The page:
Diaspora, Development, and Democracy: The Domestic Impact of International Migration from India

Diaspora, Development, and Democracy: The Domestic Impact of International Migration from India

Diaspora, Development, and Democracy: The Domestic Impact of International Migration from India

Diaspora, Development, and Democracy: The Domestic Impact of International Migration from India


What happens to a country when its skilled workers emigrate? The first book to examine the complex economic, social, and political effects of emigration on India, Diaspora, Development, and Democracy provides a conceptual framework for understanding the repercussions of international migration on migrants' home countries.

Devesh Kapur finds that migration has influenced India far beyond a simplistic "brain drain"--migration's impact greatly depends on who leaves and why. The book offers new methods and empirical evidence for measuring these traits and shows how data about these characteristics link to specific outcomes. For instance, the positive selection of Indian migrants through education has strengthened India's democracy by creating a political space for previously excluded social groups. Because older Indian elites have an exit option, they are less likely to resist the loss of political power at home. Education and training abroad has played an important role in facilitating the flow of expertise to India, integrating the country into the world economy, positively shaping how India is perceived, and changing traditional conceptions of citizenship. The book highlights a paradox--while international migration is a cause and consequence of globalization, its effects on countries of origin depend largely on factors internal to those countries.

A rich portrait of the Indian migrant community, Diaspora, Development, and Democracy explores the complex political and economic consequences of migration for the countries migrants leave behind.


In recent years, the analysis of globalization—its multiple causes, manifestations, and complex consequences—has become a staple of discussion within academia and public discourse. the innumerable facets of globalization have given the term a certain elasticity and made it difficult to reconcile its multiple complexities. There is little disagreement regarding the reality of the unprecedented growth (at least since World War II) of cross-border flows of capital, goods, and services. However, there is less agreement as to the relative importance of the various factors and mechanisms that are facilitating and driving these flows. On the one hand, many agree that technological changes, which have resulted in a sharp decline in the transaction costs of global goods and services trade, whether containerization (in the case of manufactured goods) or information technologies (in the case of services), have undoubtedly played an important role. There is less agreement, however, as to how technological changes have interacted with other driving or intermediary variables, such as the role of ideas (particularly the triumph of so-called neoliberal economic ideas), the role of international organizations (especially the Bretton Woods institutions and the World Trade Organization [WTO]), the role of major powers (particularly the United States), and last, changes within countries themselves. There is least consensus on the welfare implic ations of globalization, both among and within countries, as well its links with contemporaneous complex phenomena such as climatic changes and terrorism.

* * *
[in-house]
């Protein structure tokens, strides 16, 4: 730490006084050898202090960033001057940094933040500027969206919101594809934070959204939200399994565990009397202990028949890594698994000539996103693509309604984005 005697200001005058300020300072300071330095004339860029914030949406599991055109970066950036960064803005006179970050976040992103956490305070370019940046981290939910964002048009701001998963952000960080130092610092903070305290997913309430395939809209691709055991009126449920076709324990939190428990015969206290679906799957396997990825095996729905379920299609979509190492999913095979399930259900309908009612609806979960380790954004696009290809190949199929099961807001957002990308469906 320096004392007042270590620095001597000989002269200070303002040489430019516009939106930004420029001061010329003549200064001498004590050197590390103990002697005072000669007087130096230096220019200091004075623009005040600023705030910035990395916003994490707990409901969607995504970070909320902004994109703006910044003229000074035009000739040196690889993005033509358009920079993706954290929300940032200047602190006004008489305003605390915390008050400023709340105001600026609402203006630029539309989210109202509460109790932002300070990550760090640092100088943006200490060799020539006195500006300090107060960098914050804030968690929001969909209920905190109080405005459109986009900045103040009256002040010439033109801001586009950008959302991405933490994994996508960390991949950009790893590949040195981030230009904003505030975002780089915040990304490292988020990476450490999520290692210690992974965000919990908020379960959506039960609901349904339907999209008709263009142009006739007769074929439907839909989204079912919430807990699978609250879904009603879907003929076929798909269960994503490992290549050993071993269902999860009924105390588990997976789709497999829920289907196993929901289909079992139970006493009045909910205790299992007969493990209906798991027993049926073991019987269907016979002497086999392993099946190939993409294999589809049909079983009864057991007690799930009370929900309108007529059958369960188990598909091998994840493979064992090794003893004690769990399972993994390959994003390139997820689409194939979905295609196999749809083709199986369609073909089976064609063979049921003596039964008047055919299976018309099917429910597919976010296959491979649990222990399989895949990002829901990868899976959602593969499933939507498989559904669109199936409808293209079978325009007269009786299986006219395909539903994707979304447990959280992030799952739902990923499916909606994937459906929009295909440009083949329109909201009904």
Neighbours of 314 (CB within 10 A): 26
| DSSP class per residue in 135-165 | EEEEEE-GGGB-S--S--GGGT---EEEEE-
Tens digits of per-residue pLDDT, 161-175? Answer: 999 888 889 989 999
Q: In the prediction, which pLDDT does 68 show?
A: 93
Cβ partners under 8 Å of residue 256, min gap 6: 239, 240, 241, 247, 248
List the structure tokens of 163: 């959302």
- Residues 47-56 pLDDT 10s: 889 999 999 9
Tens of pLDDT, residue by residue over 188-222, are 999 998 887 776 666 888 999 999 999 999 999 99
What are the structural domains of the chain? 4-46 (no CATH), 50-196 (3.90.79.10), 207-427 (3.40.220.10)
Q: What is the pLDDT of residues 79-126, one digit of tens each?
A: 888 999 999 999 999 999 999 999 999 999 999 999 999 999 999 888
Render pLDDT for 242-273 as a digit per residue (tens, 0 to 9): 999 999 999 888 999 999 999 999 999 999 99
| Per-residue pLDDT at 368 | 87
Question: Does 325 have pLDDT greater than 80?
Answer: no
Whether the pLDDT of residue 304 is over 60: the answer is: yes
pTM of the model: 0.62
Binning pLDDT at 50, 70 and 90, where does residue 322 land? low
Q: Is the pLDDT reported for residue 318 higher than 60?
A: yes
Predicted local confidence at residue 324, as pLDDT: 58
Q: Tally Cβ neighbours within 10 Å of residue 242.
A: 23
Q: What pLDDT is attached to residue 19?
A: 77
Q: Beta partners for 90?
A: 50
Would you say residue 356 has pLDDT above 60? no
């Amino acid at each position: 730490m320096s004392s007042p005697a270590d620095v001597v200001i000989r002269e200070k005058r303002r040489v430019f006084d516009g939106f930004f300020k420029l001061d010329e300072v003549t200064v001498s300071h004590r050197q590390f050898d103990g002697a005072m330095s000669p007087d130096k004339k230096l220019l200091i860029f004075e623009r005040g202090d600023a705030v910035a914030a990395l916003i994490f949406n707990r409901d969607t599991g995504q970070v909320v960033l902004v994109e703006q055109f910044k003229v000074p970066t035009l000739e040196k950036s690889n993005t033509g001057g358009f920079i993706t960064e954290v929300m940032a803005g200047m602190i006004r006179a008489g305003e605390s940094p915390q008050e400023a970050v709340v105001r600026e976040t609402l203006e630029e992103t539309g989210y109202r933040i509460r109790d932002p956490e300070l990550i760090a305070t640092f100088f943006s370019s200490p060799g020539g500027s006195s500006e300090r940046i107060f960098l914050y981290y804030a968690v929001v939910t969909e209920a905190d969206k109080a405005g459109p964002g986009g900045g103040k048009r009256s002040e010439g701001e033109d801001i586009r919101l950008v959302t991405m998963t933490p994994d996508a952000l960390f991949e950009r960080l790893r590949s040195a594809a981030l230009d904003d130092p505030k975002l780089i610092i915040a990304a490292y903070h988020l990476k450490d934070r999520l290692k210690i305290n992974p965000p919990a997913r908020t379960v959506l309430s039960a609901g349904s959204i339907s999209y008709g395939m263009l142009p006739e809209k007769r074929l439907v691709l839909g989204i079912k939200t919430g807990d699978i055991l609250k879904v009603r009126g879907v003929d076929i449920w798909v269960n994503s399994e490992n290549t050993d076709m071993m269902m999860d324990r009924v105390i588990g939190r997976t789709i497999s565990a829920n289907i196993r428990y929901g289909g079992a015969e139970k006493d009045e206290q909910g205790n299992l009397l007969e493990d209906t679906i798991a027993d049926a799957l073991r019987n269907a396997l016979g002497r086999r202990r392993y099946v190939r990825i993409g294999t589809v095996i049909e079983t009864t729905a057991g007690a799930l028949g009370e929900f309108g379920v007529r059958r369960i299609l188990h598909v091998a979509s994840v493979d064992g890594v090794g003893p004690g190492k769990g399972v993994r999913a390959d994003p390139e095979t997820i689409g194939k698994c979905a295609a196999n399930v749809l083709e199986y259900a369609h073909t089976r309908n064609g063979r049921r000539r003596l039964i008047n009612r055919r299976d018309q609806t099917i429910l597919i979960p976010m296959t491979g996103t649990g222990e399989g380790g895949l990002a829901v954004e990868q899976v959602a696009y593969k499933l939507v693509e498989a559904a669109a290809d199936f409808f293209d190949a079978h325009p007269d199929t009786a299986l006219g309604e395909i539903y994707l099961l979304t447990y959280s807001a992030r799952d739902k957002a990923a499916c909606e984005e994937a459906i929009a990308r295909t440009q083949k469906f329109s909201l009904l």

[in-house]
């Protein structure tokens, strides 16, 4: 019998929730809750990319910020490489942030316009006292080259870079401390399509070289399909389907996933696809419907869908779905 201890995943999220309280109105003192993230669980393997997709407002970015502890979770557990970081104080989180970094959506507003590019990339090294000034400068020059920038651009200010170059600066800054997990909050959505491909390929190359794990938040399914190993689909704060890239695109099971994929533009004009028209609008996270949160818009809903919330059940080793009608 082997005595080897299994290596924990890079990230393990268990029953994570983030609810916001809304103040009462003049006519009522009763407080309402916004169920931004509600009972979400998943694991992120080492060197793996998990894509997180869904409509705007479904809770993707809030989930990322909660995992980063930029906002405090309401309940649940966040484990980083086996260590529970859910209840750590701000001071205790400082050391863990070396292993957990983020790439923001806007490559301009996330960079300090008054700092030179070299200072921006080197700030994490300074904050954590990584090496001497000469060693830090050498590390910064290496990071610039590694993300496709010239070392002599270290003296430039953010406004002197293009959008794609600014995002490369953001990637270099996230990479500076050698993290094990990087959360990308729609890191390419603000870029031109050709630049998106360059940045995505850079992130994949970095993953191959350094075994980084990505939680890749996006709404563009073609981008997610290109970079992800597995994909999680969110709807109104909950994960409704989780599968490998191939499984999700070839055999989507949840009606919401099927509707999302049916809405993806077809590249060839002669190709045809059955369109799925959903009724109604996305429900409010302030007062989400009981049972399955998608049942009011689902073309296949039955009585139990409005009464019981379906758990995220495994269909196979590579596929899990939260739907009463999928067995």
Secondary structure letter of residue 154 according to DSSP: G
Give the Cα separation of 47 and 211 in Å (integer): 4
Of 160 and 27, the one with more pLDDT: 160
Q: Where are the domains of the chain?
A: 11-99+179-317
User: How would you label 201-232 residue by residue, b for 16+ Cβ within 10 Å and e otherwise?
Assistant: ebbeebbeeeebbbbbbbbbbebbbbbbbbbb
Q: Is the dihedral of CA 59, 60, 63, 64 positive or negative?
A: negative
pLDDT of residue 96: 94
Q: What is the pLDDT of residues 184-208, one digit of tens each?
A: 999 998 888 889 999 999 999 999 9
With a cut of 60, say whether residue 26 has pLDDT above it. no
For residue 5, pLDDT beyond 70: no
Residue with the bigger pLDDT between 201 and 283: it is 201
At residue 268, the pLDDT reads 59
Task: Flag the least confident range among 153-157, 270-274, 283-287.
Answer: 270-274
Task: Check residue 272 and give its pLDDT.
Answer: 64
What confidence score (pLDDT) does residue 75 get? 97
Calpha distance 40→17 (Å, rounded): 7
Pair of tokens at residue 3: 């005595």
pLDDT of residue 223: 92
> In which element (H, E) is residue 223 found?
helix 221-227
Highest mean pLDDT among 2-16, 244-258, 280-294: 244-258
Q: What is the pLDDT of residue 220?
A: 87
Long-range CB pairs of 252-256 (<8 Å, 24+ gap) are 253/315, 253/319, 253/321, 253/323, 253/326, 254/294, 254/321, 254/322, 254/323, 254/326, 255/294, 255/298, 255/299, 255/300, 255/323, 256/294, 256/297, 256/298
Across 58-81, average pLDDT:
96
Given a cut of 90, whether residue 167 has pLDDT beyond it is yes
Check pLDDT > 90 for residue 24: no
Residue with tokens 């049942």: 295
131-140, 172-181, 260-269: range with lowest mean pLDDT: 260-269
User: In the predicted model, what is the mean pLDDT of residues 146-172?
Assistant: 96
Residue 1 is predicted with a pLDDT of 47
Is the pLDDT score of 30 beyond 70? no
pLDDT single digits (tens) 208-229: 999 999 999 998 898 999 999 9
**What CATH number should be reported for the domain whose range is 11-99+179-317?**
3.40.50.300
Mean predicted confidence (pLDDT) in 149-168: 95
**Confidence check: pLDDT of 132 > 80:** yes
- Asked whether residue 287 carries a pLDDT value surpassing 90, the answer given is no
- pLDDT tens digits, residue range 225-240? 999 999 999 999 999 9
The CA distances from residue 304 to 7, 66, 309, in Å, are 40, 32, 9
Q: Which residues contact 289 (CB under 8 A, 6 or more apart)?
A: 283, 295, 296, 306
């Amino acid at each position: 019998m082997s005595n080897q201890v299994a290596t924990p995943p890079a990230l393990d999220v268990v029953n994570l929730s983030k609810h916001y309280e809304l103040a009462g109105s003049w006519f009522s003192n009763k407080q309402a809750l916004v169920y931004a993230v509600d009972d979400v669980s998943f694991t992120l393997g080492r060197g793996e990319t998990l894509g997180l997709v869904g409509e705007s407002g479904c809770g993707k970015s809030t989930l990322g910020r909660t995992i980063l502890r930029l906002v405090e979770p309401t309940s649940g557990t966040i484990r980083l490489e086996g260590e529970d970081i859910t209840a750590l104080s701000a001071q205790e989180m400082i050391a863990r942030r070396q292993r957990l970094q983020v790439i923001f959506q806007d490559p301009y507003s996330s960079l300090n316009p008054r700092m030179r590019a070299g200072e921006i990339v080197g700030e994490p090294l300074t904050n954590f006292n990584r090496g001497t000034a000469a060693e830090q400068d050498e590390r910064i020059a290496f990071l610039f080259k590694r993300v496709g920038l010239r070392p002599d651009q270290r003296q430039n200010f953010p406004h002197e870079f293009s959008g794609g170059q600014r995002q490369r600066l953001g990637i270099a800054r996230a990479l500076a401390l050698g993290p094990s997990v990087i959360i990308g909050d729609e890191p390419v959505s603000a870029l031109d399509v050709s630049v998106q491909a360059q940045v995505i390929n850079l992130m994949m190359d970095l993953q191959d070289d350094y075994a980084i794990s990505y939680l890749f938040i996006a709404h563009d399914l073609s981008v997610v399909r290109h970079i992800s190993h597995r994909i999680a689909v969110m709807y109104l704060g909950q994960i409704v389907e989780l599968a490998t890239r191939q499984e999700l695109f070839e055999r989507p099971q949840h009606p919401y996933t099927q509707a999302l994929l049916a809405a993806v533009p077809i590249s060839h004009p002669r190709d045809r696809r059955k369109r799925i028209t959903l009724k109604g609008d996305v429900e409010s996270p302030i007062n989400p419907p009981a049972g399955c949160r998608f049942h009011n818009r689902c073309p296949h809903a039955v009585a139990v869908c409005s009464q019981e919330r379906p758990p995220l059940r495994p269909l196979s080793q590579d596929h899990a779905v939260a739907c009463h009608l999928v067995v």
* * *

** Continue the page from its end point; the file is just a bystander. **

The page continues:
the literature on this subject is vast. For some of the more lucid (and contentious)
analyses, see Jagdish Bhagwati, In Defense of Globalization (New York: Oxford Univer
sity Press, 2004); Nayan Chanda, Bound Together: How Traders, Preachers, Adventurers,
and Warriors Shaped Globalization
(New Haven, CT: Yale University Press, 2007); Dani
Rodrik, Has Globalization Gone Too Far? (Washington, DC: Institute for International
Economics, 1998); Jeffrey D. Sachs and Andrew M. Warner, “Economic Reform and the
Process of Global Integration,” Brookings Papers on Economic Activity 26, no. 1 (1995):
1-118; Joseph E. Stiglitz, Globalization and Its Discontents (New York: W.W. Norton &
Company, 2002); Martin Wolf, Why Globalization Works (New Haven, CT: Yale University
Press, 2004).

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